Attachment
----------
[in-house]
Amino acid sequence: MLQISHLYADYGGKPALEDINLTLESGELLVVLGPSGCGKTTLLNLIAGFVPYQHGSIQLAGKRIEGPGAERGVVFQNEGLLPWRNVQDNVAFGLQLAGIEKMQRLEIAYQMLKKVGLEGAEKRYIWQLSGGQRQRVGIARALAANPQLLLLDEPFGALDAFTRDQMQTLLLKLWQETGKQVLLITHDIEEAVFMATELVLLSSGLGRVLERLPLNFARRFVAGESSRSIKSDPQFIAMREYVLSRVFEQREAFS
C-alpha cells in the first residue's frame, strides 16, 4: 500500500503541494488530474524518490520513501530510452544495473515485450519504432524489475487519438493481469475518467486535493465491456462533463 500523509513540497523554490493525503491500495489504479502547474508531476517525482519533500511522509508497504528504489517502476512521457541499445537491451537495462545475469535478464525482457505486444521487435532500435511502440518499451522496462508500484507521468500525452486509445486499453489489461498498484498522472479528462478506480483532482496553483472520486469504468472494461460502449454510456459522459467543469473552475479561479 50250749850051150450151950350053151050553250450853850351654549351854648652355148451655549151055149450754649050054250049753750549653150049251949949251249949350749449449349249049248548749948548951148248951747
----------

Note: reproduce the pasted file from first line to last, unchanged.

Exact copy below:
[in-house]
Amino acid sequence: MLQISHLYADYGGKPALEDINLTLESGELLVVLGPSGCGKTTLLNLIAGFVPYQHGSIQLAGKRIEGPGAERGVVFQNEGLLPWRNVQDNVAFGLQLAGIEKMQRLEIAYQMLKKVGLEGAEKRYIWQLSGGQRQRVGIARALAANPQLLLLDEPFGALDAFTRDQMQTLLLKLWQETGKQVLLITHDIEEAVFMATELVLLSSGLGRVLERLPLNFARRFVAGESSRSIKSDPQFIAMREYVLSRVFEQREAFS
C-alpha cells in the first residue's frame, strides 16, 4: 500500500503541494488530474524518490520513501530510452544495473515485450519504432524489475487519438493481469475518467486535493465491456462533463 500523509513540497523554490493525503491500495489504479502547474508531476517525482519533500511522509508497504528504489517502476512521457541499445537491451537495462545475469535478464525482457505486444521487435532500435511502440518499451522496462508500484507521468500525452486509445486499453489489461498498484498522472479528462478506480483532482496553483472520486469504468472494461460502449454510456459522459467543469473552475479561479 50250749850051150450151950350053151050553250450853850351654549351854648652355148451655549151055149450754649050054250049753750549653150049251949949251249949350749449449349249049248548749948548951148248951747